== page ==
By SC DNR for The Island Eye News
The South Carolina Department of Natural Resources is pleased to report the beginning of the state’s sea turtle nesting season, which opened with two unusual nesting events.
Sometime during the night of Thursday, April 25, a loggerhead female came ashore on Kiawah Island and laid the first reported nest of the season, which was discovered this morning by volunteers.
“To my knowledge, this is the earliest we’ve seen a sea turtle nest in South Carolina,” said SCDNR biologist Michelle Pate. “May 1 is the average, but we’ve had a warm winter and several reports of mating loggerheads over recent weeks – so we knew it was just a matter of time.”
In addition to the loggerhead nest laid on Kiawah, beachgoers on Hilton Head Island were treated to an even rarer sight this morning – another female sea turtle nesting in broad daylight. When the animal came ashore, volunteers noticed she did not resemble the typical loggerhead sea turtle that nests on South Carolina beaches. SCDNR biologists confirmed that the turtle was in fact an endangered Kemp’s ridley sea turtle.
“This is only the fourth confirmed Kemp’s nest in South Carolina since record-keeping started in the 1970s,” Pate said. “An exciting kick-off to the season, to say the least.”
South Carolina’s official sea turtle nesting season runs from May 1 to October 31 each year. This year’s warm winter prompted the early arrival of sea turtles in South Carolina waters, many in pursuit of cannonball jellyfish and other favorite food items. SCDNR biologists are anticipating a successful year of high nest numbers, following a dip in 2018.
In 2018, volunteers and staff documented 2,767 nests in South Carolina, which represented an unusually low year. That drop was likely due to cyclical nesting patterns, which result in fewer sea turtle nests in some years than in others. Because nesting exacts a high-energy toll on the large reptiles, female sea turtles do not come ashore to lay eggs every year.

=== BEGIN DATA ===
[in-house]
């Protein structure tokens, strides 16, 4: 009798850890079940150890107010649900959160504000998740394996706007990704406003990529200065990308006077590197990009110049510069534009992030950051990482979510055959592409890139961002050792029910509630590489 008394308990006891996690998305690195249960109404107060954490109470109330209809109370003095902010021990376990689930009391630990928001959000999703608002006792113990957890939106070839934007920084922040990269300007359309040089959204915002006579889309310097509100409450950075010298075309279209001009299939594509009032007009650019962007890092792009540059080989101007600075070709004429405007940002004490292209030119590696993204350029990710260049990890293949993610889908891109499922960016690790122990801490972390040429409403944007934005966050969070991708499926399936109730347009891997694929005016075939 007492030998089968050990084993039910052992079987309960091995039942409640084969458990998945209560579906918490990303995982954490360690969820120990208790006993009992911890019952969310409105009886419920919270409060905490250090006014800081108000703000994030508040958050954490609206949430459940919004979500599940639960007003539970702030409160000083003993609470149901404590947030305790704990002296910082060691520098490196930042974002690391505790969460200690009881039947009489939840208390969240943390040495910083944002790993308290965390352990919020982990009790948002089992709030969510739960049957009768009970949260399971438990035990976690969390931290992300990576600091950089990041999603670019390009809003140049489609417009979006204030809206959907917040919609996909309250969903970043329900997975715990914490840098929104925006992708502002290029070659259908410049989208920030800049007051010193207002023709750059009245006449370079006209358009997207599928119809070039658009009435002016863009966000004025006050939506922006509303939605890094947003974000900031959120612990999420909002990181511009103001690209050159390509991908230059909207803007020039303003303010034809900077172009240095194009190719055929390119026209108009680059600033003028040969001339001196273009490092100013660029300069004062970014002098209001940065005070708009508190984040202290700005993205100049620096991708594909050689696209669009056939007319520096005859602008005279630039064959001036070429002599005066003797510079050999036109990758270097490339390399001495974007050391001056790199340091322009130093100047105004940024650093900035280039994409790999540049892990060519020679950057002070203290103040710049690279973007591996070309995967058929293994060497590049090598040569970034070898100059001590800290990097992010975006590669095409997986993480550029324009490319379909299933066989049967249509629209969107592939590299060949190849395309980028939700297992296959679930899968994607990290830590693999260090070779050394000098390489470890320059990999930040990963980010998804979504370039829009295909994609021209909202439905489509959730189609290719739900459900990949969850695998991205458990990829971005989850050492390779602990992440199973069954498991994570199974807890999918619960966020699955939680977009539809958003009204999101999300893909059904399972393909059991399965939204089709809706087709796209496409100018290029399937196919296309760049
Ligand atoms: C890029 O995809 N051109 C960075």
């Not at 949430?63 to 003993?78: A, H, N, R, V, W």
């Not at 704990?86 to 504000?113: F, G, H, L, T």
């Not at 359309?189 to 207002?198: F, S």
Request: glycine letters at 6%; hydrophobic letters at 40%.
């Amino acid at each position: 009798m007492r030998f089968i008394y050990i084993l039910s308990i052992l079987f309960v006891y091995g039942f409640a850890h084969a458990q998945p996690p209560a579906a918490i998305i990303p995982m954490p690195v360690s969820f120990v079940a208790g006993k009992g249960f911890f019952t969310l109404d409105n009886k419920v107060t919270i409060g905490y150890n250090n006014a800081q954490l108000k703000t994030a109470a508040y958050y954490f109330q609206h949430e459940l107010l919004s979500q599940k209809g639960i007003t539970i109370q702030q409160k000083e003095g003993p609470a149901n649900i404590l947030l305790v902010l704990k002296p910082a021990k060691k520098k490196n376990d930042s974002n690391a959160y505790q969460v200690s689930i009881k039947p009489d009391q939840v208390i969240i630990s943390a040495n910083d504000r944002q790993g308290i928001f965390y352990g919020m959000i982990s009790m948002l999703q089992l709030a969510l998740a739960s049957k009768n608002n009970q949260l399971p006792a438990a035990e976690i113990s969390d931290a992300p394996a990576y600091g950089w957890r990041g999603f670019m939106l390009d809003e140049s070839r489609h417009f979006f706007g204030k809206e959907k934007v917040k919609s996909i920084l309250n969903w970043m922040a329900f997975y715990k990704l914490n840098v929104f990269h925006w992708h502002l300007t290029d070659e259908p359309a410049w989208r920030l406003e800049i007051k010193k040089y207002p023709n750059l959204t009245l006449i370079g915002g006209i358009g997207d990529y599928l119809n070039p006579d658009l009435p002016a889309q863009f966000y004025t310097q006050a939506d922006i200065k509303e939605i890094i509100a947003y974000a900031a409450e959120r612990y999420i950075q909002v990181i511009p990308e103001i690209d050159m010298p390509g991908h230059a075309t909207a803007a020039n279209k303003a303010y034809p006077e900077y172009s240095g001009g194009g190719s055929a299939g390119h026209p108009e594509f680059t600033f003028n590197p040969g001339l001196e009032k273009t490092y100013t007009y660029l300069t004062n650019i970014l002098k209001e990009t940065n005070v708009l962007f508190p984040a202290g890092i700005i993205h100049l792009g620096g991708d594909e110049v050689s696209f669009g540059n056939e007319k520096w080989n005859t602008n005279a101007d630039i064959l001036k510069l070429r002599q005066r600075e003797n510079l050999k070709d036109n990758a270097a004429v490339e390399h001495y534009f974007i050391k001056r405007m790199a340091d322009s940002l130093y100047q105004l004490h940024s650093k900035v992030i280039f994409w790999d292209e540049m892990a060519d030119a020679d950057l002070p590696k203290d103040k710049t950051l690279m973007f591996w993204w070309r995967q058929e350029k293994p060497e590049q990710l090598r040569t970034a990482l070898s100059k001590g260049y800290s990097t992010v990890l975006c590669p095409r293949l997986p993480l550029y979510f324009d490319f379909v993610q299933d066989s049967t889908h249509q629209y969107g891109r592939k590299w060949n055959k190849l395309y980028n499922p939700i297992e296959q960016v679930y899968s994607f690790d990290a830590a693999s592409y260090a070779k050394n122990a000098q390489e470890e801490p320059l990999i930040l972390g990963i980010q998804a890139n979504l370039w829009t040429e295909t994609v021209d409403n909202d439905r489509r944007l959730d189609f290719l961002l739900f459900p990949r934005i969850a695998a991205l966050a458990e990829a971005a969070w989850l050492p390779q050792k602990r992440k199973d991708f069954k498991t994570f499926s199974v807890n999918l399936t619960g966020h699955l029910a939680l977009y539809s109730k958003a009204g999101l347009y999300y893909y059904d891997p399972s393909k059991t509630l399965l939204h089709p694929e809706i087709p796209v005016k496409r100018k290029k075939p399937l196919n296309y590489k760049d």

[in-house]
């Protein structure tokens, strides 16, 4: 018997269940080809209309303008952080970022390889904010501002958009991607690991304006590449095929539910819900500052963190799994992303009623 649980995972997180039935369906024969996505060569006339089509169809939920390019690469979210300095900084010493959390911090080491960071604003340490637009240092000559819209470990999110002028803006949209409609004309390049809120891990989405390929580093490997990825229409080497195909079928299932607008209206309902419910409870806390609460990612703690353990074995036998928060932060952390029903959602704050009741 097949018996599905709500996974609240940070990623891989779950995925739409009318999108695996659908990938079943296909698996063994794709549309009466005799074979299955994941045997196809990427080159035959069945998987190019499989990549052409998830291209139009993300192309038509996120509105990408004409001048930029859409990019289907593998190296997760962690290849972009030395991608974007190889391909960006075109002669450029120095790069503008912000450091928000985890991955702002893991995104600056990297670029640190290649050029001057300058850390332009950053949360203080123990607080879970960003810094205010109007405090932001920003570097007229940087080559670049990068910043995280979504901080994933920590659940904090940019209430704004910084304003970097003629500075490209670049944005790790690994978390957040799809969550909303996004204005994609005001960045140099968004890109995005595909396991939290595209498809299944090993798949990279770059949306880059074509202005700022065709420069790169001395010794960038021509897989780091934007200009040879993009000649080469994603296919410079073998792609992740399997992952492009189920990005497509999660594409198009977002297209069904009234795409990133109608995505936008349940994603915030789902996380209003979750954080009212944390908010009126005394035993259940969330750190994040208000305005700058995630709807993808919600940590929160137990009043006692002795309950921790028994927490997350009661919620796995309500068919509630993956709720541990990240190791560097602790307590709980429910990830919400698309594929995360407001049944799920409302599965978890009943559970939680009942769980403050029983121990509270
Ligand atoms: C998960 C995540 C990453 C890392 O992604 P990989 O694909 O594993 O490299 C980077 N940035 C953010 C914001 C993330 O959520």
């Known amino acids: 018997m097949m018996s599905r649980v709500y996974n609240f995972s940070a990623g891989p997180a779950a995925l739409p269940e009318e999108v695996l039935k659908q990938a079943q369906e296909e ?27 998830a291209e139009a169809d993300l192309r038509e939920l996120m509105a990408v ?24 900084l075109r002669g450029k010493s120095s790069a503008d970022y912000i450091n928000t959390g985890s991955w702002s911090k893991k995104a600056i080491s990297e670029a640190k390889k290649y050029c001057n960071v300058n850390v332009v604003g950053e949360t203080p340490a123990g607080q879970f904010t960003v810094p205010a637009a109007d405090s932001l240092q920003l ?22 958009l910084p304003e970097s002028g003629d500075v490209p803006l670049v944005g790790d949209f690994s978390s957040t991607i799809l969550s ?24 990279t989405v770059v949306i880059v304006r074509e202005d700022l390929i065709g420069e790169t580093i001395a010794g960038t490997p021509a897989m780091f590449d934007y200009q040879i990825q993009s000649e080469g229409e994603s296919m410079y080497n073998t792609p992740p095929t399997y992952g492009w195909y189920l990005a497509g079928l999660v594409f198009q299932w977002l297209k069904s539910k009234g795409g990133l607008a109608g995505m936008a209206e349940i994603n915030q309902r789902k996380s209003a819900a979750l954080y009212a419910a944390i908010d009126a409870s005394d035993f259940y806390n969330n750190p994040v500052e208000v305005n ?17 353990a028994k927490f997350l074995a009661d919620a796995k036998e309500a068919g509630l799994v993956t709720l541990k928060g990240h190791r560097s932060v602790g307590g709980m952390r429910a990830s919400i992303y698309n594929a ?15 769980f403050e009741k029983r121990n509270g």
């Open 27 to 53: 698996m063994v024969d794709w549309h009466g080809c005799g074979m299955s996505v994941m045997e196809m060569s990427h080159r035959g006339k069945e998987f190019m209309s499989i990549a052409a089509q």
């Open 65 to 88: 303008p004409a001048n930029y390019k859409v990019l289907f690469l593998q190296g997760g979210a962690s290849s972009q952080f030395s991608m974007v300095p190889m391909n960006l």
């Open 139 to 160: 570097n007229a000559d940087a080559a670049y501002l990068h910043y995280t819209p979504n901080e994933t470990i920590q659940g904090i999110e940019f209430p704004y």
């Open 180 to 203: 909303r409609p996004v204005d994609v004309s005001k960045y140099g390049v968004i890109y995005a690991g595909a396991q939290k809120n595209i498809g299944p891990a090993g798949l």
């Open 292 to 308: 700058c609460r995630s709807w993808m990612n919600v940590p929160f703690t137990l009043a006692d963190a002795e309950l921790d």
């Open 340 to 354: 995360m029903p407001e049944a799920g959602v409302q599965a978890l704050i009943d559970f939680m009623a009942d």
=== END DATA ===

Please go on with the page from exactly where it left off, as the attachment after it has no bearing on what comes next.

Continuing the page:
Sea turtle nest numbers did, however, break records across the Southeast in 2016, including South Carolina, where a total of 6,444 loggerhead nests were laid – the highest number counted since the founding of SCDNR’s sea turtle program in the late 1970s. That’s still a long way from the federal Loggerhead Recovery Plan’s goal of 9,200 nests, but biologists across the region are optimistic that the recent gains represent the beginning of recovery for these threatened reptiles after several decades of conservation efforts.
Volunteers from 30 different nest protection programs will spend the next several months patrolling South Carolina’s beaches each morning for crawls, the telltale tracks left by a female sea turtle as it trundles ashore. Between bright lights, hazardous debris, and natural or manmade obstacles, beaches can be treacherous places for nesting females.
Incubating eggs face additional threats, including erosive high tides and predators such as coyotes and raccoons.
Four sea turtle species nest on South Carolina beaches: loggerheads, greens, Kemp’s ridleys, and leatherbacks. Loggerhead nests comprise the vast majority of the state’s total number each year. All four sea turtle species are classified as endangered or threatened and are protected under the Endangered Species Act in addition to local and state ordinances.
Sea turtle clutches average 120 eggs and hatch after approximately 60 days. Nesting females may remain in South Carolina waters and continue to nest every two weeks, laying up to six nests per season. Throughout this stressful time, the turtles also abstain from eating.
South Carolina beachgoers can help the state’s sea turtles by keeping beaches clean, turning beachfront lights out to avoid disorienting turtles, and giving all sea turtles and nests a wide and respectful berth when encountered on the beach.